However, some trade cards were used exclusively for some companies and that means you will not find their trade cards with other company names on them.
To date, I have only seen these cards printed with the Woolson Spice Company name on them or with no name at all. That is no guarantee they were not used by other companies. Some trade issues are quite rare and this card popping up with other names on them would not surprise me (particularly since some blank/stock cards have been seen). But this could potentially be a card that was used only by one company. Time will tell if others surface.
Part of a Set
One thing that will surprise some collectors is that the card is actually part of a set.
Woolson created numerous trade cards but many of them were seasonal. There were Christmas cards, Easter cards, and more. The baseball card is part of a series of Midsummer cards.
Woolson apparently ran these series’ over more than one year, too. I say that because there are several different styles used. For example, this Midsummer set has a distinctive font with cards printed horizontally. Another Midsummer set has cards with a vertical layout and a different style of font.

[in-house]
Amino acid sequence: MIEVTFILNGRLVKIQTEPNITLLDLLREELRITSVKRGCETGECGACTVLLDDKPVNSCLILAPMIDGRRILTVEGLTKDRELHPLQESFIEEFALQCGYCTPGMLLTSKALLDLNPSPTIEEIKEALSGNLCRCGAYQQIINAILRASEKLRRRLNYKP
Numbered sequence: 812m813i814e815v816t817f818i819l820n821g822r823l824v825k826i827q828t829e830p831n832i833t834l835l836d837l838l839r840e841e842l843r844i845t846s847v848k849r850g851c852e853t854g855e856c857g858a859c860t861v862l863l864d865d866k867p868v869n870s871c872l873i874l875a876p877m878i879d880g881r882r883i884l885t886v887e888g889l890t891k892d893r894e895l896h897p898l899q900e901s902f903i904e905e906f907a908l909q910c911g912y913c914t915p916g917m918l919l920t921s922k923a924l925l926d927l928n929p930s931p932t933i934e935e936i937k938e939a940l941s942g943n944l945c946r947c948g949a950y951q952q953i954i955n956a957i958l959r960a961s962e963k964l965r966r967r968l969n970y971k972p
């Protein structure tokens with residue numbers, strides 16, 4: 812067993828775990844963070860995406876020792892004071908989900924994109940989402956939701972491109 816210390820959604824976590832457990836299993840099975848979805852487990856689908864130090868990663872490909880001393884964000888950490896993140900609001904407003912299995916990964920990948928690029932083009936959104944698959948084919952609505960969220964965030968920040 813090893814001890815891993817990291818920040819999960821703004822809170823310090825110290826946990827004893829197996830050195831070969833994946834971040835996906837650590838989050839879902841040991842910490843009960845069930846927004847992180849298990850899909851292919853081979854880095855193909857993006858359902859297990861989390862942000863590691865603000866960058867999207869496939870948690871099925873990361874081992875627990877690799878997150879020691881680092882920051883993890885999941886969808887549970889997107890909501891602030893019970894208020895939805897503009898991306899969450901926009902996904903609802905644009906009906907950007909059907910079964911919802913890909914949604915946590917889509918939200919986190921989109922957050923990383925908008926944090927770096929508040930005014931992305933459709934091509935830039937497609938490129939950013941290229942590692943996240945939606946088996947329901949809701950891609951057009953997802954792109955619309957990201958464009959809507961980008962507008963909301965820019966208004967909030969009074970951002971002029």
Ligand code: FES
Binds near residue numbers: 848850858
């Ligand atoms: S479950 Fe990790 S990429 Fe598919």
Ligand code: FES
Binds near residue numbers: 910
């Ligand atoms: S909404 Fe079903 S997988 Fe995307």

In all, I have identified four cards in this particular set — the baseball card, a hunting card, a boating card (shown here), and a card with an old western theme/covered wagon. The baseball card, of course, is the one that is the most desirable.
Like most trade cards, these cards are not dated. That makes determining their actual age quite difficult.
However, I would place it at or around 1891.
As stated, most of these cards have the Woolson Spice name with the text “Midsummer Greeting” added to it. A different Woolson Spice card featuring children with various toys was created for Christmas and has “Christmas Greeting” in the same style of font. Those cards indicate the lithography was done by Donaldson Brothers, out of New York, a popular lithographer. While Bufford was the lithographer for the ‘Dancing Boys/Baseball’ card, given the similarities in font/print, the cards easily could have been created in the same year.